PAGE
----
WHAT WE CAN LEARN FROM JOB
By Wayne S. Walker
One book in the Old Testament concerning whose background we know almost nothing for certain is the book of Job. We do not know author, although some think that it might have been Moses. We do not know the precise time frame in which the account takes place, although some believe that it could have been during the patriarchal age. We do not even know exactly where Uz was.
However, Job is part of the inspired scriptures, and therefore contains a message from God. And even though it is part of the Old Testament, which we understand is not God’s law for us today, still it has been preserved for our admonition and learning. So in this article, we want to look at Job 1:1-22 and see what we can learn from Job.
First, we see Job’s character in verses 1-5. He was blameless. This does not mean absolutely sinless because “all have sinned” (Rom. 3:23). Rather, it refers to one who is striving his best to live so as to be guilty of no blame in God’s sight. We are to be “blameless and harmless, children of God without fault in the midst of a crooked and perverse generation” (Phil. 2:15). Of course, even though we have sinned, whenever receive forgiveness, then we are truly blameless before God. Also, Job was upright. This simply refers to one who constantly tries to do that which is right in the sight of God (Ps. 7:10). “Blameless” has somewhat of a negative connotation, speaking of one who refrains from doing that which will bring blame, whereas “upright” has a more positive connotation, speaking of one who seeks to do what is right.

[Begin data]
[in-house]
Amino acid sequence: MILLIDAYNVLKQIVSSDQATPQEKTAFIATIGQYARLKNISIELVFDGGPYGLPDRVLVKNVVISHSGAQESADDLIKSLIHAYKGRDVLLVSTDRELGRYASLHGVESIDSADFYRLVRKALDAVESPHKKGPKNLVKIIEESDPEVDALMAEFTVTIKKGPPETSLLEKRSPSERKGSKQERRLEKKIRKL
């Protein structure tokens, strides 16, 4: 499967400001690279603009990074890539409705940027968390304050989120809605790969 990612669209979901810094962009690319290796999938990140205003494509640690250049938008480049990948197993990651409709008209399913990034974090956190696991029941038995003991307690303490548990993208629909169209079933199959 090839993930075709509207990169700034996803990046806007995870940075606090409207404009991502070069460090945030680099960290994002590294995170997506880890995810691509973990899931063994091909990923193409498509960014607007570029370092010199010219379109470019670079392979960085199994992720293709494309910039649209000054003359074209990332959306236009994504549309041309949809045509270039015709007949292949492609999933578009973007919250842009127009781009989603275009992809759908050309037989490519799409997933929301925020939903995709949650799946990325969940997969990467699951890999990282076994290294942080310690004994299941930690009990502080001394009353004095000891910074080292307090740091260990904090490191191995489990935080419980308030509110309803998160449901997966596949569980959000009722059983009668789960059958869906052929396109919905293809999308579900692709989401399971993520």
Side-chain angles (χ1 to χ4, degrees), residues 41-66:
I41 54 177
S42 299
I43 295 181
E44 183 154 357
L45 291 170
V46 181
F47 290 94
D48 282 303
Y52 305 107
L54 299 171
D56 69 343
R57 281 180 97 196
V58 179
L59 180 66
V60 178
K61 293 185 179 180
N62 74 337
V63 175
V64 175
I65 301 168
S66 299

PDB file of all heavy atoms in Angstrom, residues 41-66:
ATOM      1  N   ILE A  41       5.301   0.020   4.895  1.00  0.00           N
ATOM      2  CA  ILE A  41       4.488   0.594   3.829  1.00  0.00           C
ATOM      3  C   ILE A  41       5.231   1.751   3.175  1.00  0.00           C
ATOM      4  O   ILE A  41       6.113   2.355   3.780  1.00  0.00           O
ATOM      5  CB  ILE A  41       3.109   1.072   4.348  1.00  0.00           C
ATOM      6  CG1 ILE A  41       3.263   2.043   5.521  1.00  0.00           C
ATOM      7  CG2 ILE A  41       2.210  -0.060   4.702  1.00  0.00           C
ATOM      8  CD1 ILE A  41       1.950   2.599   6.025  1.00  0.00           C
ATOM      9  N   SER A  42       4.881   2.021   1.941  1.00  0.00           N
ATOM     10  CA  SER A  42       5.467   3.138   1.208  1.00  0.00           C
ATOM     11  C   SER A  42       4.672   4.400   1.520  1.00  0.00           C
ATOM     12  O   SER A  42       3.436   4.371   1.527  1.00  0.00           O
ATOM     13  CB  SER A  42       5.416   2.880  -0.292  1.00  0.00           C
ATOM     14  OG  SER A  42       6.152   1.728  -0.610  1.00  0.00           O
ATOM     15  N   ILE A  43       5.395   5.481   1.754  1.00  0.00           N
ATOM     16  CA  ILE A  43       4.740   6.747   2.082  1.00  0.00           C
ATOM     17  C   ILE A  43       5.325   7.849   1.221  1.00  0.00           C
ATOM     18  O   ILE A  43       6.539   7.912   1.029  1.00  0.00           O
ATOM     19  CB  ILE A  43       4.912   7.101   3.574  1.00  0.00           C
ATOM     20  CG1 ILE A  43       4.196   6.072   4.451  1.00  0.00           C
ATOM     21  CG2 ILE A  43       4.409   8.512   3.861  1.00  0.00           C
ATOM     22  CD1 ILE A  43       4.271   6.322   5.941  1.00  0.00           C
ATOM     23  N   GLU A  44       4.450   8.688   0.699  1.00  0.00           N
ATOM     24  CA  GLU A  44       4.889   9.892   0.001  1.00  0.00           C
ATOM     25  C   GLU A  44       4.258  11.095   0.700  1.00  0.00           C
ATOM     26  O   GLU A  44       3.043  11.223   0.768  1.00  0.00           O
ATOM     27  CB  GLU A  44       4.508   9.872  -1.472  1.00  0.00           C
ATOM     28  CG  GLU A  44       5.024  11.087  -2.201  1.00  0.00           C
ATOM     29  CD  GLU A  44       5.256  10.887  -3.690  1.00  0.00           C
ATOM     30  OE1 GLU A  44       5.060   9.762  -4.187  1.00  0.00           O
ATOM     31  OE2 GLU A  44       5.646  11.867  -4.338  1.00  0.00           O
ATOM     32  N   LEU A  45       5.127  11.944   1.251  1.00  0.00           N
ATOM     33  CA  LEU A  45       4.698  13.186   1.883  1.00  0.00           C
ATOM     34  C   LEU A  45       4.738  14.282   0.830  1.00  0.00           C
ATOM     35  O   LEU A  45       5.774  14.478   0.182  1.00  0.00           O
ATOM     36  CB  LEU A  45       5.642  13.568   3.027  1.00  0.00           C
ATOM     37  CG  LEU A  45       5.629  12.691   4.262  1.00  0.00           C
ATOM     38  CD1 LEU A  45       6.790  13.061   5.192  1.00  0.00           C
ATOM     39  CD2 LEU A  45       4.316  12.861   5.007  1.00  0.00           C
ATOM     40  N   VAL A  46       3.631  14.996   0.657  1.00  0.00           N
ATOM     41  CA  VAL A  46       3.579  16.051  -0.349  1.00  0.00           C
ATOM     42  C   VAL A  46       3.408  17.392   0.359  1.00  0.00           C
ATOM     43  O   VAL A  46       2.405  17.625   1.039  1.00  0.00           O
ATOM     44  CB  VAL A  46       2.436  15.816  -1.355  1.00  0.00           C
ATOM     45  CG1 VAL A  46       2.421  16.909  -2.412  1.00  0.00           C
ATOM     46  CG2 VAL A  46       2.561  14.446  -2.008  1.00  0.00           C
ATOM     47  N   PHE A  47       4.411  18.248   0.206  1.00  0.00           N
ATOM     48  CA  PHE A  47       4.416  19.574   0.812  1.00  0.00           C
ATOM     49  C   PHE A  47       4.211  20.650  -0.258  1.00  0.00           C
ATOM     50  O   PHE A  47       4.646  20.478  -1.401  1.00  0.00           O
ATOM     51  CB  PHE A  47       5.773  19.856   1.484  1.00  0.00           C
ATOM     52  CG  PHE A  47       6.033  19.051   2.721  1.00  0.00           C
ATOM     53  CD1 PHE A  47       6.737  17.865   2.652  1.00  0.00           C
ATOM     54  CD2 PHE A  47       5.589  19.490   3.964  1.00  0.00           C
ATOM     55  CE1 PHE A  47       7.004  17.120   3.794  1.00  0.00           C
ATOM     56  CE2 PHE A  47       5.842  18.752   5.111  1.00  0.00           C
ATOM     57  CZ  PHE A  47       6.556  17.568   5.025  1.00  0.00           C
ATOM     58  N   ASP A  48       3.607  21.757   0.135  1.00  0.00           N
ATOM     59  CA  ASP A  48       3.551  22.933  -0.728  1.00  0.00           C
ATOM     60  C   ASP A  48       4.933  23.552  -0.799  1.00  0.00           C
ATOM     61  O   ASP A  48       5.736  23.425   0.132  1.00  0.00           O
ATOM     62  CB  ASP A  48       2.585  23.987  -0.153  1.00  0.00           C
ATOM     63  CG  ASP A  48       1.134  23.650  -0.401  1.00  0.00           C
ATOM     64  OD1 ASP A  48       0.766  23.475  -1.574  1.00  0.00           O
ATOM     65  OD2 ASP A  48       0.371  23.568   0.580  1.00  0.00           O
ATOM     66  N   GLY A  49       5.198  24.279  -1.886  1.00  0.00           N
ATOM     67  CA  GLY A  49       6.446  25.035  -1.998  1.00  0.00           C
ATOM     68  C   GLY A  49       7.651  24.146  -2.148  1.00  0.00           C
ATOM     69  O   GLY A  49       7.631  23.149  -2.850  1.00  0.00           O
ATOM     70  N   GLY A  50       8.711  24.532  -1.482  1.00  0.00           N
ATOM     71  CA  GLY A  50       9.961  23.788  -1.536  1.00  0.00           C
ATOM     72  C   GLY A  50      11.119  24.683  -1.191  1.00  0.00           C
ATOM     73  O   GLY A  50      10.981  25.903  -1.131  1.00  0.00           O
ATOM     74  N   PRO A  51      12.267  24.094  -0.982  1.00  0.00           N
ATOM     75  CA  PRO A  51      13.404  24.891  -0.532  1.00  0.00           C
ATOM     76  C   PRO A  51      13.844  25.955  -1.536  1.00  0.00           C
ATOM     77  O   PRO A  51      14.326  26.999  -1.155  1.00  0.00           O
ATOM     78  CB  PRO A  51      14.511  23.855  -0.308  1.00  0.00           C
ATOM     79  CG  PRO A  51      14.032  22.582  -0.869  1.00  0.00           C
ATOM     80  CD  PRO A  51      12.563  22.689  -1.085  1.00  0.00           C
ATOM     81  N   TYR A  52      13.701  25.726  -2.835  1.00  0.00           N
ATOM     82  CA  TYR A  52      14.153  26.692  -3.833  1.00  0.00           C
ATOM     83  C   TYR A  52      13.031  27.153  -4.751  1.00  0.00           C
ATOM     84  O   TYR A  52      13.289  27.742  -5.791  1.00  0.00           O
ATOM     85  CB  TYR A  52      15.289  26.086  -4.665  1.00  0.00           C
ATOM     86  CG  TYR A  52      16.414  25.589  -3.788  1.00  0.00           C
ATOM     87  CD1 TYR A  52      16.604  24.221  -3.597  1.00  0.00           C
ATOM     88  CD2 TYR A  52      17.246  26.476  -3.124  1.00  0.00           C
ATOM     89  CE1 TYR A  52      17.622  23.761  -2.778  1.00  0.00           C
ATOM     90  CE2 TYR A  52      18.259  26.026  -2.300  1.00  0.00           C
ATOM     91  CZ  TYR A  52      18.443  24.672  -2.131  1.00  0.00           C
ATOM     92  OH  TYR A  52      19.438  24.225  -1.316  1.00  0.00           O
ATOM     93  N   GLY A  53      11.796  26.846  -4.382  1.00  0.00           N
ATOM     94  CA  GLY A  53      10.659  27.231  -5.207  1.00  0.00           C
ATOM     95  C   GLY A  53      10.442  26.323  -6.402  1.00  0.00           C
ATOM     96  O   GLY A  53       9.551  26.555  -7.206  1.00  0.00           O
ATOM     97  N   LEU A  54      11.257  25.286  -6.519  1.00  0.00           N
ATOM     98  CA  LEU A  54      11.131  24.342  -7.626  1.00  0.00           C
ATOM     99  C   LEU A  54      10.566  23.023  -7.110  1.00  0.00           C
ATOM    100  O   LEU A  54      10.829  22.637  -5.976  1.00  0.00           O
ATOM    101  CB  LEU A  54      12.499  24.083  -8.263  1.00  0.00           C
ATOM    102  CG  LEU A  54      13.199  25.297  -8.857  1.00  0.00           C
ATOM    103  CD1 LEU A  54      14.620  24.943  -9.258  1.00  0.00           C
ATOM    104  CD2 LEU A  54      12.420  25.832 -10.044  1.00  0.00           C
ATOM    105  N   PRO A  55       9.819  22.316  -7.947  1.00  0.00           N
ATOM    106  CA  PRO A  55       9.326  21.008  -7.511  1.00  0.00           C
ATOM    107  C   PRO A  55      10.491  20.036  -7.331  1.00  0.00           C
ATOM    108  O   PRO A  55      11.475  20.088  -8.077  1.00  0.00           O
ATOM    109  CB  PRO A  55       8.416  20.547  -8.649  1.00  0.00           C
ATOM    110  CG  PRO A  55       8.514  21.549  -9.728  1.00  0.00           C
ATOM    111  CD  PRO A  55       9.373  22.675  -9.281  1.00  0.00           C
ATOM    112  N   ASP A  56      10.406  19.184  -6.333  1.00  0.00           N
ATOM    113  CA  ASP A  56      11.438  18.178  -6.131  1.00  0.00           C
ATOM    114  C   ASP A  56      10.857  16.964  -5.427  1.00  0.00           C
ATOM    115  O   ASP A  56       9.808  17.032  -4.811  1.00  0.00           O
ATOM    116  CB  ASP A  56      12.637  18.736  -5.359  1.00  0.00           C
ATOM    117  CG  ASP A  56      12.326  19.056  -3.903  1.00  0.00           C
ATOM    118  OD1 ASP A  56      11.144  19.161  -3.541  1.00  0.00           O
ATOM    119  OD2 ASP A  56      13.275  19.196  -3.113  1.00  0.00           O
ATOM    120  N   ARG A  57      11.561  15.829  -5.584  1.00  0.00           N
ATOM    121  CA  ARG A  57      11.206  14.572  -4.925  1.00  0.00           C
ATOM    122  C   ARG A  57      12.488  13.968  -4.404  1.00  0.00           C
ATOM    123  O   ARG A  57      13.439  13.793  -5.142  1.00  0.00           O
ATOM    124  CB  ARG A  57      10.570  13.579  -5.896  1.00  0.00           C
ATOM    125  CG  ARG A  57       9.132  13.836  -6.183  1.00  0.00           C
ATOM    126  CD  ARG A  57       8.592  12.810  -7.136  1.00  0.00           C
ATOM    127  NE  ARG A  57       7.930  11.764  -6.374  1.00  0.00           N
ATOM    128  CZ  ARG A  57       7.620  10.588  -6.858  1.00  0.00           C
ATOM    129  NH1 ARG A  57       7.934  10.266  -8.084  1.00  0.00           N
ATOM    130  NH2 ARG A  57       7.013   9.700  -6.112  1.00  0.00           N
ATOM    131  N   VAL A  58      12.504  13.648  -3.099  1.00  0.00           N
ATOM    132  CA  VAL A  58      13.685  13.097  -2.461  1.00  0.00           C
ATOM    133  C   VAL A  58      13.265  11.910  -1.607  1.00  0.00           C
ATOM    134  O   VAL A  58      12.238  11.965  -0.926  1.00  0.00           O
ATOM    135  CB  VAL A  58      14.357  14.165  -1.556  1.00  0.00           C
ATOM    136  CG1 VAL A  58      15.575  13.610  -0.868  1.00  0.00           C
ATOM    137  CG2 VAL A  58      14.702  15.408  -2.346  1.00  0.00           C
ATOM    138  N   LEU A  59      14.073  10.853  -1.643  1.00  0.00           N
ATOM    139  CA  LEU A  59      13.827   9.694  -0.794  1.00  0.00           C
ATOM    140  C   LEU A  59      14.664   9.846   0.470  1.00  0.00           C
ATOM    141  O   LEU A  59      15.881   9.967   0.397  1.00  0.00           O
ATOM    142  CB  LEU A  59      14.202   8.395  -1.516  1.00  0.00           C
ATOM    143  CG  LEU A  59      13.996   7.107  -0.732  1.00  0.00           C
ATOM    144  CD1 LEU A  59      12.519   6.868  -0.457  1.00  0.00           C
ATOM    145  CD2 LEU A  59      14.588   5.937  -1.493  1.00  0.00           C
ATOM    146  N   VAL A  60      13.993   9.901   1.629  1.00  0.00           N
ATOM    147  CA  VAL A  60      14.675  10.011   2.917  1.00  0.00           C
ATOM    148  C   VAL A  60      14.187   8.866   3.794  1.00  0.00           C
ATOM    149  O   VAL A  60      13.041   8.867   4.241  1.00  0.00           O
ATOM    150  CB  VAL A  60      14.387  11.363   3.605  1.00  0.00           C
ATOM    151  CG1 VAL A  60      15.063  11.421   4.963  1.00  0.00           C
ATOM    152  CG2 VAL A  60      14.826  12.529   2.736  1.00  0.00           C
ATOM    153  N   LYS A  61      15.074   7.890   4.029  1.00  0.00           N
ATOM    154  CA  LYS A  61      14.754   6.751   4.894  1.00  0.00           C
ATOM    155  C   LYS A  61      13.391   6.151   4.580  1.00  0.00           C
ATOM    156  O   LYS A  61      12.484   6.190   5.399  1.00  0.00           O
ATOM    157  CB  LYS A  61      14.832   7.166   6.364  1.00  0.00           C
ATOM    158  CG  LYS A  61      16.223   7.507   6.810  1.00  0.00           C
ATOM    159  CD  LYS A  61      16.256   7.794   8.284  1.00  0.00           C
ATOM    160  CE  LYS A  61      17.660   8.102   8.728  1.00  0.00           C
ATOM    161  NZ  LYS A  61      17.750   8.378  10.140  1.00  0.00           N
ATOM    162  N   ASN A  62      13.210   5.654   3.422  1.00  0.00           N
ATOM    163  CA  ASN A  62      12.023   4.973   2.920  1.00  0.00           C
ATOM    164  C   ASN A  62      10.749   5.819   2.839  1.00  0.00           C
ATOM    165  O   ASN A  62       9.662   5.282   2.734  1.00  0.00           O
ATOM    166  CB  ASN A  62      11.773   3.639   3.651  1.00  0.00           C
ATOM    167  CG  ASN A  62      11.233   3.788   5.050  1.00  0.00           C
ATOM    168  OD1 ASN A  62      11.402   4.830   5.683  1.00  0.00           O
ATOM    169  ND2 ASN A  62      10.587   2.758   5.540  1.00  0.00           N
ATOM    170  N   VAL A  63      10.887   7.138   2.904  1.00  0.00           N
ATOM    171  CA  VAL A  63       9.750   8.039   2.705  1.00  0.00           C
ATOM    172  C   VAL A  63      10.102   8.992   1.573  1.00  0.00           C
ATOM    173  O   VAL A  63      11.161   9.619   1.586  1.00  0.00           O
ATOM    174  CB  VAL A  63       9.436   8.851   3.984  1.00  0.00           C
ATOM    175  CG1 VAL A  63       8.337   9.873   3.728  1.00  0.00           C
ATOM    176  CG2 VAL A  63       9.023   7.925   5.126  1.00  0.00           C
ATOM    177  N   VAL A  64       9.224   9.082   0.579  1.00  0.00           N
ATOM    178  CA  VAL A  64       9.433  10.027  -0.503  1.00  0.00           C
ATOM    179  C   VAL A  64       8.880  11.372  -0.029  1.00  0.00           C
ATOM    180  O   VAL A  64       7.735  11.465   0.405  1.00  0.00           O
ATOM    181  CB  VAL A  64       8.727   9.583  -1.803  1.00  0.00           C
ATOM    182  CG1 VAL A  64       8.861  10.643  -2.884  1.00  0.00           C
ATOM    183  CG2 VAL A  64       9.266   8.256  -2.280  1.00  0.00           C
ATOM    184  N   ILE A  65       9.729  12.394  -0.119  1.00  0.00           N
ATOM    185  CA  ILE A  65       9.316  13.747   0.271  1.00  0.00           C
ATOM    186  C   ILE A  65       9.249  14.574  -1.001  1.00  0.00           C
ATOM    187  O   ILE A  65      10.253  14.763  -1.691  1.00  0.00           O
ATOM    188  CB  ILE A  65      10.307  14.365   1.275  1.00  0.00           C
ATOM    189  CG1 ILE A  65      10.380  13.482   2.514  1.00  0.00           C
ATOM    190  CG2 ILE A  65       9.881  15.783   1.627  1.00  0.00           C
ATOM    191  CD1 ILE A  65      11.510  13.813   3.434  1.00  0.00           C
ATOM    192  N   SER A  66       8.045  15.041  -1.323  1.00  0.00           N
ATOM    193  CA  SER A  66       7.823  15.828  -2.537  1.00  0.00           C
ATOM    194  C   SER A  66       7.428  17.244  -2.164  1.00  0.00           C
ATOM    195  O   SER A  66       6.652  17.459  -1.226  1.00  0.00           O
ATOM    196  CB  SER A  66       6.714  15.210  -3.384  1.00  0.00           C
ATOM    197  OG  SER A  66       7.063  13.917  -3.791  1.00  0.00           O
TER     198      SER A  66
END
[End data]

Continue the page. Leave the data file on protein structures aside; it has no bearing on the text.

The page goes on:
In addition, Job feared God. This fear does not mean being afraid of or terrified by, but having a deep reverence, respect, and awe for. We are to “fear God and keep His commandments” (Eccl. 12:13-14). Furthermore, Job eschewed or shunned evil. This simply means to stay away from evil. We are told to abstain from every form or appearance of evil (1 Thess. 5.21-22). So in all these areas, Job is a good example for us.
Moreover, Job was very wealthy (vs. 2-3). There is nothing necessarily wrong with being wealthy, although God does warn us often to be careful about our attitude toward riches (1 Tim. 6:9-10). And Job was evidently very concerned about his family (vs. 4-5). We would assume that he undoubtedly tried to do what God told Israelites to do about teaching their children (Deut. 6:4-7). This illustrates what God expects parents to do in bringing their children up in the nurture and admonition of the Lord (Eph. 6:4). Job’s children were evidently grown by this time because they had their own houses, though in a patriarchal society they still probably lived close to home. Yet Job was still interested in their spiritual welfare and wanted them to be right with God
Job’s attack by Satan
Second, we see Job’s attack by Satan in verses 6-12. Satan (vs. 6-7) is a Hebrew term meaning adversary or enemy. He is referred to as “the tempter” when He comes to Christ in the wilderness (Matt. 4.1-10). He is also called the devil, which is a Greek term meaning slanderer or accuser. “So the great dragon was cast out, that serpent of old, called the Devil and Satan, who deceives the whole world; he was cast to the earth, and his angels were cast out with him” (Rev. 12.9). There is much that we do not know about Satan, especially about his origin and how he became evil, but he is presented in Bible as a real being.